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Tag: private insurance and icbc claims

ICBC Injury Claims "Collateral Benefits" and the Rule Against Double Recovery

Imagine if you are injured through the fault of another BC motorist and become disabled from work.  You are lucky enough to have wage loss disability benefits through your employment (or your spouse’s employment). When you advance your ICBC injury claim are you entitled to claim your past wage loss or will you be prohibited in claiming this money from ICBC because you already received money for past wage loss from your private insurer?  The short answer is you can claim this money provided that you paid some consideration for receipt of your private insurance benefits.  
Reasons for judgment were released this week by the BC Supreme Court dealing with the ‘private insurance’ exception to the rule against ‘double recovery’ in BC tort claims.
In this case the Plaintiff was injured in a BC car crash.  She needed therapies to treat her injuries.  The cost of these therapies were covered largely through an extended health plan through her husband’s employment.   The issue to be decided at trial was whether the Plaintiff could recover the actual costs of her therapies or only that portion not covered by the private insurer.
Madam Justice Bruce summarized the law addressing the ‘private insurance’ exception to the rule against double recovery as follows:

[7]                The general rule in an action for damages arising out of negligence is that the plaintiff is only entitled to be restored to the position she would have been in had the accident not occurred. The plaintiff is awarded damages for her actual loss and no more: Cunningham at para. 5 per McLachlin J. (dissenting in part)

[8]                The law has recognized a limited exception to the rule against double recovery which is referred to as the “private insurance” exception. In Cunningham at para. 75 Mr. Justice Cory, speaking for the majority, adopts the following passage from Bradburn v. Great Western Rail Co., [1874-80] All E.R. 195 as accurately describing the underlying rationale for the exception:

… I think that there would be no justice or principle in setting off an amount which the plaintiff has entitled himself to under a contract of insurance, such as any prudent man would make on the principle of, as the expression is, “laying away for a rainy day”. He pays the premiums upon a contract which, if he meets with an accident, entitles him to receive a sum of money. It is not because he meets with the accident, but because he made a contract with, and paid premiums to, the insurance company, for that express purpose, that he gets the money from them. …and I think that it ought not, upon any principle of justice, to be deducted from the amount of damages proved to have been sustained by him through the negligence of the defendant.

[9]                Whether the plaintiff has paid for private insurance or has obtained these benefits through an employment contract, the exception will apply. It is also irrelevant that it is the plaintiff’s husband who secured these benefits. See, Brennan at para. 182-3. However, the onus rests with the plaintiff to prove he or she has paid for the provision of insurance benefits in some fashion. As Cory J. says in Cunningham at para. 94:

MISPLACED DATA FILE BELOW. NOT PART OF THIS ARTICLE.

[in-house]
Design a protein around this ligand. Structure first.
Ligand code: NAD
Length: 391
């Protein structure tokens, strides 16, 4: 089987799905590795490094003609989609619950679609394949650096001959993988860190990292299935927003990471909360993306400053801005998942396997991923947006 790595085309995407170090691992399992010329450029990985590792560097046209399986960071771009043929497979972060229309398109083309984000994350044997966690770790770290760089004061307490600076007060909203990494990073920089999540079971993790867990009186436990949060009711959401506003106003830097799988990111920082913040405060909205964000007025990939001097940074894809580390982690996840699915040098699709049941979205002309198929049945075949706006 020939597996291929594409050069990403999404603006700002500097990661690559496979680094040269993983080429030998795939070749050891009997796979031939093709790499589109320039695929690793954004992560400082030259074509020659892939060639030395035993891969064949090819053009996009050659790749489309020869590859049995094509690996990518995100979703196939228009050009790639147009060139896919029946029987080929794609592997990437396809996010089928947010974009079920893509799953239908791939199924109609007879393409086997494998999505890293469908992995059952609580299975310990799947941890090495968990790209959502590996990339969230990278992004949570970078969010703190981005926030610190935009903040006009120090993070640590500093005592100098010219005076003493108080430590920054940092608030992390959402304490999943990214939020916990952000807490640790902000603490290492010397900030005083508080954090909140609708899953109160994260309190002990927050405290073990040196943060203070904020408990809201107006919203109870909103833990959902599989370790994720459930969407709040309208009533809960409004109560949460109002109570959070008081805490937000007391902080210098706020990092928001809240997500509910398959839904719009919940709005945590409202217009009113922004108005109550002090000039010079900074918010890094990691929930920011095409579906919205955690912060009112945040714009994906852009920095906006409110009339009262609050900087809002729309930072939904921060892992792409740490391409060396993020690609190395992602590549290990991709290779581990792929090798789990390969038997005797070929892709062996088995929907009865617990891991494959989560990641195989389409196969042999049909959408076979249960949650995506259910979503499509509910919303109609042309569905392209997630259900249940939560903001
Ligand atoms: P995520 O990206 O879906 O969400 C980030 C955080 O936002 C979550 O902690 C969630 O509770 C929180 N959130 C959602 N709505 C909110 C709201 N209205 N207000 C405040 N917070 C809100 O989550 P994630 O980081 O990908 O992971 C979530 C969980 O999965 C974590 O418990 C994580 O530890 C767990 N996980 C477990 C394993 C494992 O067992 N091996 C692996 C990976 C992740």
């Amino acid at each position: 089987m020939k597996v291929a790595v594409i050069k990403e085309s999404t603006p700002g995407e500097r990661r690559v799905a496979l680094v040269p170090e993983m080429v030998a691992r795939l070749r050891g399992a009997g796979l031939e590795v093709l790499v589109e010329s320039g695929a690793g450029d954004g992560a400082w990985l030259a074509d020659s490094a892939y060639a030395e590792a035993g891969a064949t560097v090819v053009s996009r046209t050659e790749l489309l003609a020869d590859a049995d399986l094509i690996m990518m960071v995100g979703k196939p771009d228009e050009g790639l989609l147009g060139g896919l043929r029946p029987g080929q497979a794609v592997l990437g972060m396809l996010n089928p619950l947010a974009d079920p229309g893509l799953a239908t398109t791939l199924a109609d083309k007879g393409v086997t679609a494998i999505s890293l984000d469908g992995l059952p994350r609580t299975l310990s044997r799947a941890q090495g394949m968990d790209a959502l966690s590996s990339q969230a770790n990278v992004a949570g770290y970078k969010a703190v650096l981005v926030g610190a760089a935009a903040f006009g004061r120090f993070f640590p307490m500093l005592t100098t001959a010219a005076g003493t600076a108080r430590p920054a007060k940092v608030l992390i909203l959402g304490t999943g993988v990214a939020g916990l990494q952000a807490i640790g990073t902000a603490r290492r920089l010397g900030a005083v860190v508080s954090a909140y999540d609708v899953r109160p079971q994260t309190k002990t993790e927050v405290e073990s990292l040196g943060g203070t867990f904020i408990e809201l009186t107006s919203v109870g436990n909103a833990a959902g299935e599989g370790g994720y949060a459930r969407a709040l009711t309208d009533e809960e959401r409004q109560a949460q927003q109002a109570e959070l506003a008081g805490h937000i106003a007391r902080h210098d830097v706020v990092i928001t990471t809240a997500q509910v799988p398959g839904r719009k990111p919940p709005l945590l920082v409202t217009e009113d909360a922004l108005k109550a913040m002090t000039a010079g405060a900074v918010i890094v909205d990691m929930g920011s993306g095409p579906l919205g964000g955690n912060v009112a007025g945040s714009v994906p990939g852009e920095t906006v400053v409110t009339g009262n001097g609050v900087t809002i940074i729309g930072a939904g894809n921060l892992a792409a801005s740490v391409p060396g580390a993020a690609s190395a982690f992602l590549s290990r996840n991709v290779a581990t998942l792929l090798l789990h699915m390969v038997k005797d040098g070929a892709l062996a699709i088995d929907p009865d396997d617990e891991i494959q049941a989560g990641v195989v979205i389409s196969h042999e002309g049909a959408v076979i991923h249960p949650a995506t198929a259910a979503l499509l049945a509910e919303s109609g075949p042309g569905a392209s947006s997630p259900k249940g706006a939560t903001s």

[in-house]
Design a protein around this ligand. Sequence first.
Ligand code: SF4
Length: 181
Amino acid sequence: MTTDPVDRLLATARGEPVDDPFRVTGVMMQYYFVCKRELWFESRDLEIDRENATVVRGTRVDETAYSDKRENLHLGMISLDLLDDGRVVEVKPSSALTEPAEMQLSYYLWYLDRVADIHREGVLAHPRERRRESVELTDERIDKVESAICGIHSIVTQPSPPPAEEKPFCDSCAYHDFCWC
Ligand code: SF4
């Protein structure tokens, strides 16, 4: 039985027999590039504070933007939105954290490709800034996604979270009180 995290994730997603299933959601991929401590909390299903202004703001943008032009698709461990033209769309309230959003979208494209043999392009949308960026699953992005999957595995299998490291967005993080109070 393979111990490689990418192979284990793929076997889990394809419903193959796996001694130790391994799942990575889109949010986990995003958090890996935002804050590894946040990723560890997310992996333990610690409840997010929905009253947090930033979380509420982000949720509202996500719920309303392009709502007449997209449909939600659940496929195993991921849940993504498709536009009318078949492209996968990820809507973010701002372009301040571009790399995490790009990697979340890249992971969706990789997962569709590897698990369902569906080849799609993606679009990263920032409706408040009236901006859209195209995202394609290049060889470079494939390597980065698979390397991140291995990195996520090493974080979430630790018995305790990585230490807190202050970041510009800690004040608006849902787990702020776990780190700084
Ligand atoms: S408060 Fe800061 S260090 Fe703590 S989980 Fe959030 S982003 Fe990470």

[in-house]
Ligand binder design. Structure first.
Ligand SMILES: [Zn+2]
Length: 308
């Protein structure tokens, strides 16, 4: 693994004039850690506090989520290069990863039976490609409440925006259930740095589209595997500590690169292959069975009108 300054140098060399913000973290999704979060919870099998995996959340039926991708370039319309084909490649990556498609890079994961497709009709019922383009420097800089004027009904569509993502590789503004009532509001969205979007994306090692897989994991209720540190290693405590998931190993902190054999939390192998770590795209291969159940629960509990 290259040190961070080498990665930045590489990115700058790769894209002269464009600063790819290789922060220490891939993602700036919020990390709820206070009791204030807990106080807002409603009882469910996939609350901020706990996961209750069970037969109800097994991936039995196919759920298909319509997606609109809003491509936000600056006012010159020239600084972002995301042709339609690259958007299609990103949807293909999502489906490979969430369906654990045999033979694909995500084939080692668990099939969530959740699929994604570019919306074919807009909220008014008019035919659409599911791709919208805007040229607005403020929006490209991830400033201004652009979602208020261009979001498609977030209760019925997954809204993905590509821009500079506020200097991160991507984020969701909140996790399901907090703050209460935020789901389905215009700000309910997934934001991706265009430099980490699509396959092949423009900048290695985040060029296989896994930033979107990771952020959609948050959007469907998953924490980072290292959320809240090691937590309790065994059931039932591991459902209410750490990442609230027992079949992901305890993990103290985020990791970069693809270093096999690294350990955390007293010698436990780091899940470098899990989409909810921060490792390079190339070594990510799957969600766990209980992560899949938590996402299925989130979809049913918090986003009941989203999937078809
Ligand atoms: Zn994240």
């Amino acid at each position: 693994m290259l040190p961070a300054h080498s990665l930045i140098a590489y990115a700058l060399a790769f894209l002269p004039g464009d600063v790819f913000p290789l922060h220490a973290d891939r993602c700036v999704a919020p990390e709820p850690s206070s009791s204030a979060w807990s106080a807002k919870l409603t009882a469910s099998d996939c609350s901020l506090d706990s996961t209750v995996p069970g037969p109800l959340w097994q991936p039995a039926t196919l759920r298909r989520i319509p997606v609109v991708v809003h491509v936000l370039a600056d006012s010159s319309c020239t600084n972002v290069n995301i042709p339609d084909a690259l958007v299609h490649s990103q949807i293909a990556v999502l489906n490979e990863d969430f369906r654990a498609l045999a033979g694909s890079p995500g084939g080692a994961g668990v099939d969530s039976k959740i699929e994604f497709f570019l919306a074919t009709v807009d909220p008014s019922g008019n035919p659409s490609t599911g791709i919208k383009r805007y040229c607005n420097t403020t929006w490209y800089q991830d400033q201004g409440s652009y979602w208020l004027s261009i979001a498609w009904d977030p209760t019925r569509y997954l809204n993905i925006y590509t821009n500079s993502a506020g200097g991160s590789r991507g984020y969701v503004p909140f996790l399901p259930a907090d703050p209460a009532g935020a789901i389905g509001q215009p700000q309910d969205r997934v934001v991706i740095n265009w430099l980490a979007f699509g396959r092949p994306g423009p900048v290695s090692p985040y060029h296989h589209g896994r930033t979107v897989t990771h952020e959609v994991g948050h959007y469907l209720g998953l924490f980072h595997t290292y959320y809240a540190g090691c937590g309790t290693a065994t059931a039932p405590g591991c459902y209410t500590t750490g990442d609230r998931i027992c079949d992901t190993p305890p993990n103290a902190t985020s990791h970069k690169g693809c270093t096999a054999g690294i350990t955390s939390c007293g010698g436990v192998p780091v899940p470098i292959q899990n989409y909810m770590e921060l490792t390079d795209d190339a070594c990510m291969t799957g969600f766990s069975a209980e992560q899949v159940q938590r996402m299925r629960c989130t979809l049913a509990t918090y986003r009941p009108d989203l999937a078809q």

In my view, Ratych v. Bloomer, supra, simply placed an evidentiary burden upon plaintiffs to establish that they had paid for the provision of disability benefits. I think the manner of payment may be found, for example, in evidence pertaining to the provisions of a collective bargaining agreement just as clearly as in a direct payroll deduction.

[10]            There is no evidence before the court as to what, if any, consideration passed between Mr. Napoleone and his employer in respect of the extended health benefits. There is no evidence of whether Mr. Napoleone pays all or a portion of the insurance cost or whether it was negotiated as a part of a collective bargaining scheme. The only evidence before the court is that the plan was secured through Mr. Napoleone’s employer and it covers 80% of Mrs. Napoleone’s health related expenses.

[11]            Without an evidentiary foundation to support the claim, I am unable to apply the private insurance exception to the case at hand. As Cory J. says at para. 93 of Cunningham, it is only when this evidentiary requirement is met that the court may be satisfied the plaintiff has shown the prudence and corresponding deprivation that underlies the exception and permits double recovery.

[12]            For these reasons, I must dismiss Ms. Napoleone’s claim for the gross cost of the special expenses.

This case shows that it is essential to lead evidence at trial that there was some cost associated with being entitled to receive the collateral benefits to be able to receive compensation for the losses those benefits covered in an ICBC tort claim.  This can be done in any number of ways such as showing deductions from a paycheque to pay for a private insurance plan or showing that the private insurance was negotiated from the employer at the expense of some salary.  This is a particulary important matter to think about when preparing for trial if you signed a ‘reimbursement agreement’ with you private insurer to pay back the benefits.